Consistency and steadiness are two of the most important traits a Major League Baseball player can possess.
Sure, the game has evolved into more of a strength and power sport in recent decades. Pitchers throw harder, home runs are traveling farther, and players physically resemble NFL strong safeties while making freakishly athletic plays all over the field. But the national pastime is still a nine-inning, three-hour-long game, with a 162-game regular season played mostly in the hot summer months.
It’s a grind, and it requires a player to roll with the punches and endure the recurring failures — like making an out at the plate at least 65% of the time (the best hitters in baseball bat in the low to mid .300s).
Young players, in particular, are susceptible to the ups and downs, the good days and dog days of a Major League season. A big leaguer in his early to mid 20s needs a good support system to get through it successfully and land a big second or third contract that not only changes his life but provides generational wealth for his family.
That support system includes an agent, and one of the best in the game working with young ballplayers is Roger Tomas. The movie Jerry Maguire and TV series Arli$$ made the lifestyle of a professional sports agent look glamorous day in and day out. But in real life, it’s anything but. It’s a grind, requiring constant travel to see clients in different Major League cities and often mentoring struggling players trying to make it in a new country (as of 2021, 28% of MLB players were born outside of the U.S.).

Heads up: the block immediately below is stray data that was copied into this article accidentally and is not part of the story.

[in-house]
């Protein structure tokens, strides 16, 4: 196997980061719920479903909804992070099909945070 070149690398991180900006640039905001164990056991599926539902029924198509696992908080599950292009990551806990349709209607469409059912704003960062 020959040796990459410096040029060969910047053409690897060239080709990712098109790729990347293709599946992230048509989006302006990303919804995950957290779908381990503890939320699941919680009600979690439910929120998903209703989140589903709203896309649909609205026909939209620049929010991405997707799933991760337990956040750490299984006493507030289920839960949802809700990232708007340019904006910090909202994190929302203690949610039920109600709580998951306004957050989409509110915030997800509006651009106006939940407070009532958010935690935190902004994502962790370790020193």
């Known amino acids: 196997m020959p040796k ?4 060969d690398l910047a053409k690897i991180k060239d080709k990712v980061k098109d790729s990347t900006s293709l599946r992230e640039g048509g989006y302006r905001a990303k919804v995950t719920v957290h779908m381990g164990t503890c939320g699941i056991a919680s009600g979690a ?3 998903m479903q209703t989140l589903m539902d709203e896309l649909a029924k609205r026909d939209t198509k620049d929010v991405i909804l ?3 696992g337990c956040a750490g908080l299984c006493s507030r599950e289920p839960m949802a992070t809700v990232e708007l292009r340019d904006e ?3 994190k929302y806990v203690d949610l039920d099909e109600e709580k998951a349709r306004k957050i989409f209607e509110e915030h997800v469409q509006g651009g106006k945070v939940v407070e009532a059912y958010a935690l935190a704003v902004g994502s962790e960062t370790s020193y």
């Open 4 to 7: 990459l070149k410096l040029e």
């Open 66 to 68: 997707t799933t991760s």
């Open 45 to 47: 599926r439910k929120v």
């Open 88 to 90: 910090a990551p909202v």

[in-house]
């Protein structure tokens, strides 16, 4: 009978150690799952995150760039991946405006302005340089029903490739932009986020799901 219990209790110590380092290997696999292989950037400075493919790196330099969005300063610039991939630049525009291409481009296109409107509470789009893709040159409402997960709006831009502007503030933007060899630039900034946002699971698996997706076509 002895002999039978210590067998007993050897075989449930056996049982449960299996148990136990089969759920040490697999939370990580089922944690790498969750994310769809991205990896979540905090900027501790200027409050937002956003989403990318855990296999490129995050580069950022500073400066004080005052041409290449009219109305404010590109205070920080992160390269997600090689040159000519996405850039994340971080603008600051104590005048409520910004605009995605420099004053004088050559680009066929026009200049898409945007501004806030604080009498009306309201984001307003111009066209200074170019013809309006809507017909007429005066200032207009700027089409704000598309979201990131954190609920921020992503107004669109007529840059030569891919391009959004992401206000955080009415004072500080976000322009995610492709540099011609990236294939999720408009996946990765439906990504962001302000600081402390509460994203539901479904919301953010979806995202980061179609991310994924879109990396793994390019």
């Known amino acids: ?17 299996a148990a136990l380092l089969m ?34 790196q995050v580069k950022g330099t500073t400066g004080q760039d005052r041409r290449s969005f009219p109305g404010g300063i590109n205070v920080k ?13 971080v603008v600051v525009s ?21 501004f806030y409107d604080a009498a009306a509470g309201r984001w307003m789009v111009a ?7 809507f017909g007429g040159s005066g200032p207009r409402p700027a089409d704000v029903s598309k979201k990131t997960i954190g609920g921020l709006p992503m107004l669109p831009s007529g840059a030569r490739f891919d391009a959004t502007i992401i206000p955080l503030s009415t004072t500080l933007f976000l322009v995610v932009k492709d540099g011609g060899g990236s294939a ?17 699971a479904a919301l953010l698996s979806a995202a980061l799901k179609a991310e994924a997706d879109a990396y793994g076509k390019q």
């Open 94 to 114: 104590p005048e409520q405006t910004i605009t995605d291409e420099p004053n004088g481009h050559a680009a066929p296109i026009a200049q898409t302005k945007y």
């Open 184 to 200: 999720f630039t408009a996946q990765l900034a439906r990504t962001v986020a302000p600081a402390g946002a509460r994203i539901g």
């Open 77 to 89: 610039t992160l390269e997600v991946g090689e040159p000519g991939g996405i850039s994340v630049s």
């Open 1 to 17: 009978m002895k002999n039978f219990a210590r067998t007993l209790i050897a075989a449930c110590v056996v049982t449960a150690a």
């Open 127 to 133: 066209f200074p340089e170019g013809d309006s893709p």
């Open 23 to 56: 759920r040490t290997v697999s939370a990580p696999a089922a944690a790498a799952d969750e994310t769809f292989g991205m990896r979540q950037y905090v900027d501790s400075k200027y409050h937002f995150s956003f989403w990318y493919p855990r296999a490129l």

Just like a big leaguer needs to train for the grind of a long season, so too does his agent.
“With this lifestyle, I go to different cities all over the country for two weeks at a time or longer,” says Tomas, who currently lives in the Miami area and is an agent for the California-based agency MVP Sports Group, which represents baseball superstars Manny Machado, Albert Pujols, and Joey Votto, among others. “It’s important for me to practice a healthy lifestyle to keep my immune system strong and feel good and energized despite all the travel. But also, if I’m explaining to my clients the importance of sleep, nutrition, and strength training for them as professional athletes, I need to practice what I preach.”
For Love of the Game
Tomas is the perfect agent for a client roster of young, culturally diverse players. Born in the Dominican Republic before moving to Miami as a child, many of his personal clients also come from the Dominican (a hotbed for Major League talent), including Fernando Tatis Jr., of the San Diego Padres and the Houston Astros’ Cristian Javier.
Tomas also has a background as a player, starting over 200 games for the University of Miami from 2004-2007. He was a sure-handed fielder at shortstop and third base for the Hurricanes and a career .290s switch-hitter who rarely struck out and sprayed the ball to all fields. Although never a big home run hitter (only two in his college career), Tomas racked up numerous accolades at Miami, including being named to the 2004 College World Series All-Tournament team after filling in at shortstop for future MLB superstar Ryan Braun midseason due to an injury.
Tomas made a career off doing the little things extremely well: taking walks, bunting runners over, stealing bases, posting an elite fielding percentage at a premium position, even playing hurt when needed. A classic “small ball” player, steady and consistent.